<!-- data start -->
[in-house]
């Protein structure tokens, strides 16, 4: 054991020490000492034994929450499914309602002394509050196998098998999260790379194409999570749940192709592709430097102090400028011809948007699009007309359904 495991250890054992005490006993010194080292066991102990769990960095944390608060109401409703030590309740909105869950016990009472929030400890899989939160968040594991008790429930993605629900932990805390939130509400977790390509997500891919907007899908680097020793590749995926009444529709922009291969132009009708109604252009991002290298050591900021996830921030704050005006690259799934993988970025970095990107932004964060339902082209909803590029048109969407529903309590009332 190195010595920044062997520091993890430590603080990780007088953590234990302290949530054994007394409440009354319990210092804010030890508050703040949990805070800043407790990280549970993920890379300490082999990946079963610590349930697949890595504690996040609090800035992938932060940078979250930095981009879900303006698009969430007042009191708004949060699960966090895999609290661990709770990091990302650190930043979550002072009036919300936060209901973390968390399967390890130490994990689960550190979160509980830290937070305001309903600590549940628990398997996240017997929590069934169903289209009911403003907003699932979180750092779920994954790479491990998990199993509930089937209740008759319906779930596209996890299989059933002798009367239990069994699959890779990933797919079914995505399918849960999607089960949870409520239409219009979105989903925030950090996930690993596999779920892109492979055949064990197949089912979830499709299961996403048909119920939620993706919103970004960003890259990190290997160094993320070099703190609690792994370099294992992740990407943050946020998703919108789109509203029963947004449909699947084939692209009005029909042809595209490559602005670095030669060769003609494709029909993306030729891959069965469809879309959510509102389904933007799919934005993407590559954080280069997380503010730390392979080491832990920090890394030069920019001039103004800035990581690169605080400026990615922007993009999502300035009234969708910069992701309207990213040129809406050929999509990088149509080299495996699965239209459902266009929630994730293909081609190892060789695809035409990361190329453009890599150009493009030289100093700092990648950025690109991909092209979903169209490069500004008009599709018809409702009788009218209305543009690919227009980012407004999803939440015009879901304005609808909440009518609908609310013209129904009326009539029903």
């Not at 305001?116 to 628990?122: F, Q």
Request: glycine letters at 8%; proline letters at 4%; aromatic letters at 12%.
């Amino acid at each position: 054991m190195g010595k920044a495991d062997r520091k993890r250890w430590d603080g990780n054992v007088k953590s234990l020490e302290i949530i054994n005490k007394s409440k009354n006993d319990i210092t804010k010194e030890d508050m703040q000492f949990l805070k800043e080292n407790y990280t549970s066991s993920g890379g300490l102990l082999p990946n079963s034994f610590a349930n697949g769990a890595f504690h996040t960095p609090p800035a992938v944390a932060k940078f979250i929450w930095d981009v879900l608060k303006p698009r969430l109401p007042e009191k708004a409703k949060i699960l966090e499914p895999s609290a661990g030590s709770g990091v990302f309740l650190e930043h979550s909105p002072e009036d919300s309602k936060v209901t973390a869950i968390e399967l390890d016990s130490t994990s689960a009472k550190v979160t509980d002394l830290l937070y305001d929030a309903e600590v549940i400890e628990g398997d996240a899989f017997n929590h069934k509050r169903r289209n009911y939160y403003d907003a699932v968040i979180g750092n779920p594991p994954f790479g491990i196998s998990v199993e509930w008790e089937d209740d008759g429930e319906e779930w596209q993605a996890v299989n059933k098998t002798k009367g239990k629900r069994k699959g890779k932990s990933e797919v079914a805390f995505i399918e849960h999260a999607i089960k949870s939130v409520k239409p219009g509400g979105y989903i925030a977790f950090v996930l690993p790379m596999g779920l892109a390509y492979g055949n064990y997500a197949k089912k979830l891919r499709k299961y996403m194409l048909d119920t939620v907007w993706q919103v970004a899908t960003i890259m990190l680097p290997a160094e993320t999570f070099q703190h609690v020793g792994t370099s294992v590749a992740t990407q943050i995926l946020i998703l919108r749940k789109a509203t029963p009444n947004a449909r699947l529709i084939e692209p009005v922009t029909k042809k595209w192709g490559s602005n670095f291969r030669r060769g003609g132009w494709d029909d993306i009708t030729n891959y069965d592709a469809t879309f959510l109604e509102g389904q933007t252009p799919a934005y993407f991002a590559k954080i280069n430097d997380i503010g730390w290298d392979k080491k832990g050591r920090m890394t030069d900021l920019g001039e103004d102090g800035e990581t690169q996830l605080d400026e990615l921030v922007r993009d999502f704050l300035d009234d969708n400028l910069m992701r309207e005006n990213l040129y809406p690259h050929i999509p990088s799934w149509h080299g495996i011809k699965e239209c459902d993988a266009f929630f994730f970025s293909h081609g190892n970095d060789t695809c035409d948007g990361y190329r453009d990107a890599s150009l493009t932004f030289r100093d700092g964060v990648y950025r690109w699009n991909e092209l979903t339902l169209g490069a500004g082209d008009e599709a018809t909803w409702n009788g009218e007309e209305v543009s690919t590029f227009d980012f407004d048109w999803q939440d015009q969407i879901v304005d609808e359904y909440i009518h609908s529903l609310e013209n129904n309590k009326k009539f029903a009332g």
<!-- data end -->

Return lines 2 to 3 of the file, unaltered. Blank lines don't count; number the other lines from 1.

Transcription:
């Protein structure tokens, strides 16, 4: 054991020490000492034994929450499914309602002394509050196998098998999260790379194409999570749940192709592709430097102090400028011809948007699009007309359904 495991250890054992005490006993010194080292066991102990769990960095944390608060109401409703030590309740909105869950016990009472929030400890899989939160968040594991008790429930993605629900932990805390939130509400977790390509997500891919907007899908680097020793590749995926009444529709922009291969132009009708109604252009991002290298050591900021996830921030704050005006690259799934993988970025970095990107932004964060339902082209909803590029048109969407529903309590009332 190195010595920044062997520091993890430590603080990780007088953590234990302290949530054994007394409440009354319990210092804010030890508050703040949990805070800043407790990280549970993920890379300490082999990946079963610590349930697949890595504690996040609090800035992938932060940078979250930095981009879900303006698009969430007042009191708004949060699960966090895999609290661990709770990091990302650190930043979550002072009036919300936060209901973390968390399967390890130490994990689960550190979160509980830290937070305001309903600590549940628990398997996240017997929590069934169903289209009911403003907003699932979180750092779920994954790479491990998990199993509930089937209740008759319906779930596209996890299989059933002798009367239990069994699959890779990933797919079914995505399918849960999607089960949870409520239409219009979105989903925030950090996930690993596999779920892109492979055949064990197949089912979830499709299961996403048909119920939620993706919103970004960003890259990190290997160094993320070099703190609690792994370099294992992740990407943050946020998703919108789109509203029963947004449909699947084939692209009005029909042809595209490559602005670095030669060769003609494709029909993306030729891959069965469809879309959510509102389904933007799919934005993407590559954080280069997380503010730390392979080491832990920090890394030069920019001039103004800035990581690169605080400026990615922007993009999502300035009234969708910069992701309207990213040129809406050929999509990088149509080299495996699965239209459902266009929630994730293909081609190892060789695809035409990361190329453009890599150009493009030289100093700092990648950025690109991909092209979903169209490069500004008009599709018809409702009788009218209305543009690919227009980012407004999803939440015009879901304005609808909440009518609908609310013209129904009326009539029903």
């Not at 305001?116 to 628990?122: F, Q």